COHF 007: 11 year-old male presents with a history of vasovagal syncope and symptoms of dizziness, nausea, headaches, depression, anxiety, photophobia, and hyperacusis
We are describing 11-year-old male who presents to a functional neurology clinic with a history of vasovagal syncope and symptoms of dizziness, nausea, headaches, depression, anxiety, photophobia, and hyperacusis.
During this examination, the patient demonstrated positive Romberg’s, inability to stand unassisted with pulsivity in all directions with a predominance of leftward retropulsivity. The patient demonstrated decreased left patellar reflex, hyperacusis on the right, saccadic intrusions in leftward and upward as well as saccadic eye movements away from any light stimulus. All aberrant eye movements were confirmed by videonystagmography. The patient participated in a two-week vestibular rehabilitation program that included multi-axis labyrinth and otolithic stimulation paired with specific eye movements and exercises.
Let’s Hear From The Council!
So this is a pretty cool standard case, certainly not for the individual involved in it, but as a practitioner. To get in to work with people who suffer in this kind of way, it’s such a rewarding process to be able to help them. So this presentation sounds very cerebellar in nature. If I wasn’t aware that it was a TBI problem, I would definitely wanna establish if that was the case before we started doing anything. And once again, I wouldn’t do anything with the individual if it was in the acute phase of a concussion.
Obviously, in this situation, I have limited background in dealing with these types of individuals. I do work with neurological patients, but in terms of one with vasovagal syncope and at the age that we’re dealing with, just some of the questions and things that I would look at with the individual start off with, obviously just general history, birth, any issues happening with that. Simple things like blood pressure. Do they tend to have low blood pressure? Are there any heart arrhythmias? Really trying to rule out any more serious issues prior to going in and doing some testing and assessment. Simple things like dehydration, low blood sugar, what’s their oxygen saturations? Those types of things in those individuals is what I’d be looking at first before I really started looking into neurological things, which again is a little beyond my scope of knowledge.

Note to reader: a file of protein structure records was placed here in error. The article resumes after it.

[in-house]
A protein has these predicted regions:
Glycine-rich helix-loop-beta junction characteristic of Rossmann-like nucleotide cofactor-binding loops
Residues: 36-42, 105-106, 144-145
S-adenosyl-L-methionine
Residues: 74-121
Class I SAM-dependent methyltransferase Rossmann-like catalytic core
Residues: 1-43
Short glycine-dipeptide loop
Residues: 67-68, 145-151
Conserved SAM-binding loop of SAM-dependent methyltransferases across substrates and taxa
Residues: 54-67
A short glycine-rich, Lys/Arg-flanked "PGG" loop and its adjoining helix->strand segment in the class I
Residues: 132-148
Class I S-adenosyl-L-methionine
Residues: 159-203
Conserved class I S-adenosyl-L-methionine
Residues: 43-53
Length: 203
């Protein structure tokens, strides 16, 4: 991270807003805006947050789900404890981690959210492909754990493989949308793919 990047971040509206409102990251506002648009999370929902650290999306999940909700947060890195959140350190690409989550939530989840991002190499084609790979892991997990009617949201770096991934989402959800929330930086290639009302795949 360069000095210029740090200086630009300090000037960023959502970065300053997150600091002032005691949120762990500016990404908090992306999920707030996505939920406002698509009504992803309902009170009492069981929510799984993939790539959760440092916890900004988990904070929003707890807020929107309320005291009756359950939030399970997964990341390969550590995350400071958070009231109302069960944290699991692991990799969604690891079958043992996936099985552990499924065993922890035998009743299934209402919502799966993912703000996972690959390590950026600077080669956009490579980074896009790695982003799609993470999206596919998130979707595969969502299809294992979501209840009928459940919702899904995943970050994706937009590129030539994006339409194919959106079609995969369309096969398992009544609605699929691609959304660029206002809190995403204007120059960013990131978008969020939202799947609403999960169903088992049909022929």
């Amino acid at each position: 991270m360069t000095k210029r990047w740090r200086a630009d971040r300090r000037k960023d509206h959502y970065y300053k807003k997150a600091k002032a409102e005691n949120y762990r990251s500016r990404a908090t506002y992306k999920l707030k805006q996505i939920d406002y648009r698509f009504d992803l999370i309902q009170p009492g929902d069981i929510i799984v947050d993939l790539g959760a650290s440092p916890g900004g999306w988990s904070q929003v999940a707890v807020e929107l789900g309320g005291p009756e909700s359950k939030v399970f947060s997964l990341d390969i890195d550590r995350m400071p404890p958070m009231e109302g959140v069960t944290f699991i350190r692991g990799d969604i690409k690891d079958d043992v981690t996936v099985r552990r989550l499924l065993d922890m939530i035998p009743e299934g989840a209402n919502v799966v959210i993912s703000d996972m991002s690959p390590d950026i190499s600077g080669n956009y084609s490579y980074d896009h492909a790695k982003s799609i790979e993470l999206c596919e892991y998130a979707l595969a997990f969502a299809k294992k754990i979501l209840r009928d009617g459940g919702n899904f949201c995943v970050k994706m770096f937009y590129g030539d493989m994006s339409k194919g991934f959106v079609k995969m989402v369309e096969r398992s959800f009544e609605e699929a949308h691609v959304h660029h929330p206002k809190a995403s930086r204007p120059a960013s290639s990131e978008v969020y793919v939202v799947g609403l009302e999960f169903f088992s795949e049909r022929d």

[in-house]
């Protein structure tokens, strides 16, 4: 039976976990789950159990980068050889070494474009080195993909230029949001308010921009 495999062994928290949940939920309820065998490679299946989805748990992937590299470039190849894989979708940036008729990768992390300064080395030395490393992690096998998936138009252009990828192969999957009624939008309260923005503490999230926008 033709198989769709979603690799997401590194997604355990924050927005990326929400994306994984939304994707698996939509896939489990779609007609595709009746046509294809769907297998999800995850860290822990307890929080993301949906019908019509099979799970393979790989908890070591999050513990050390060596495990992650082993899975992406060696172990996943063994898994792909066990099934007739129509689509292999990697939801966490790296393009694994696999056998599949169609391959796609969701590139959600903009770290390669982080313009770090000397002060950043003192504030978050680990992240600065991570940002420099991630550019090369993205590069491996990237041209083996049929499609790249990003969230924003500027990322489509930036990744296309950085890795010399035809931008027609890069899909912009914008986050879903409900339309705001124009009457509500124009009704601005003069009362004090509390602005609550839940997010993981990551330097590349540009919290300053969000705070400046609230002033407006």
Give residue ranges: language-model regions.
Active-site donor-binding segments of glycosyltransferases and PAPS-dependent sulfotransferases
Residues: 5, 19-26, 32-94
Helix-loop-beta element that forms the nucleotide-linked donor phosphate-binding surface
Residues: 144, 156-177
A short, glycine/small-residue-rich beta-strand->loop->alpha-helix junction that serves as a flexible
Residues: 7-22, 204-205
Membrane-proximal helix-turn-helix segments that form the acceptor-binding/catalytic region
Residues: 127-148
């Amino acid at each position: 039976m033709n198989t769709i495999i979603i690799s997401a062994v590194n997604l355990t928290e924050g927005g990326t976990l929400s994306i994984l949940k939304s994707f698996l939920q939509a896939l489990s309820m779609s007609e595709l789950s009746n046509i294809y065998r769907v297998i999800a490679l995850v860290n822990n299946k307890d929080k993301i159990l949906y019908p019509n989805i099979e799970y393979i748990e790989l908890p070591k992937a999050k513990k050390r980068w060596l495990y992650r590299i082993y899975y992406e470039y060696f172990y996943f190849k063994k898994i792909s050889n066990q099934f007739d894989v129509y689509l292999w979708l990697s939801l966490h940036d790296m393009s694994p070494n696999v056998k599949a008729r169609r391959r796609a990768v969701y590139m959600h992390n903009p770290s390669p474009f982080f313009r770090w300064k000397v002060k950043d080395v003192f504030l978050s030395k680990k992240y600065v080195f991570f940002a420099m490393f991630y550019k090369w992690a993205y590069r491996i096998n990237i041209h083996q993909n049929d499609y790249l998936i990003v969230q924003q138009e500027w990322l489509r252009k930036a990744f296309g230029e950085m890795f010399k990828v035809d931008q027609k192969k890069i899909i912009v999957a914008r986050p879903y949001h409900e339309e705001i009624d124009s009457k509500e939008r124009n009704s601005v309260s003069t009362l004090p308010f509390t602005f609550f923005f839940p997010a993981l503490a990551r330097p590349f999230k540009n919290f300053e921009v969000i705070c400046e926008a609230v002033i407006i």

So this probably isn’t something that’s in my area of specialty or something that I’d probably see walking to my clinic and such. But given that it’s an area that I’m probably not as confident with as some others, I’d be making sure as part of the assessment that I check their vital signs, probably did a full cranial nerve examination and neurological examination. And if I had any concerns from that, referring them off to the GP sort of physician and even for some potential imaging before I look to deal with that. Once anything sinister is ruled out, I’d probably be looking at incorporating a multi-disciplinary approach in with this as well.
Dr. Brandon Brock
Now this is definitely a complicated case. This is what I do pretty much every day and we’re looking at traumatic brain injury here, and you gotta realize that the brain is kinda like an orchestra, you know, and you’ve got the strings section, you’ve got the percussion section, you’ve got all these different sections and they have to all be playing in sync and in tune for the whole thing to be orchestrated and sound well, and the brain is very similar. So when you’ve had some sort of concussion or traumatic brain injury or some sort of blow to the head, you can lose frontal lobe integrity, you can lose parietal lobe integrity
Dr. Emily Splichal
So although this patient is presenting with a little bit more vestibular, cerebellar balance issues, this typically would not present into my office but if it would, my goal would be to rule out some sort of peripheral contributor as far as balance dysfunction, gait dysfunction, et cetera. My forte is particularly in peripheral neuropathies and the diagnosis and management of more peripheral neuropathy contributions to balance dysfunction. And the patients that do come in with more of a cerebellar, vestibular, post-stroke, cerebral palsy, Parkinson’s, any sort of CNS-based balance or movement dysfunction, I refer them out to specialists in that area.
I’m lucky working in a multi-functional clinic so my role in these situations is basically just to help relax the muscles in conjunction of what I’m hearing from my physios and my ATs. Basically, it’s light occipital work, going into some of the neck muscles as much as we’re able to work. We don’t wanna over-irritate or we don’t wanna inflame the muscles, so it’s basically just a light relaxation that does help a little bit with the signs and symptoms that he is presenting with, especially with the depression, and changing a little bit of the symptoms with some different… Changing some of the different aspects that he’s presenting with
Dr. Mark Wade
I’m gonna take this as a typical case that would come into my clinic with some balance issues, as compared to potentially somebody with more serious neurological issues that may present and do, for example, the functional neurologist. So this is actually something that’s kind of a common issue. We often see patients with balance and coordination issues, not necessarily to the degree of a neurological disorder and full blown, but it is most common cause for the hospital visits in the elderly is falls. And this issue can begin at any age, especially in today’s society. I’m gonna bring it with my PhD in Public Health back to a public health kind of point of view, that in today’s society with the lack of balance and coordination exercises being performed, this is becoming a common, if not an epidemic type of issue.
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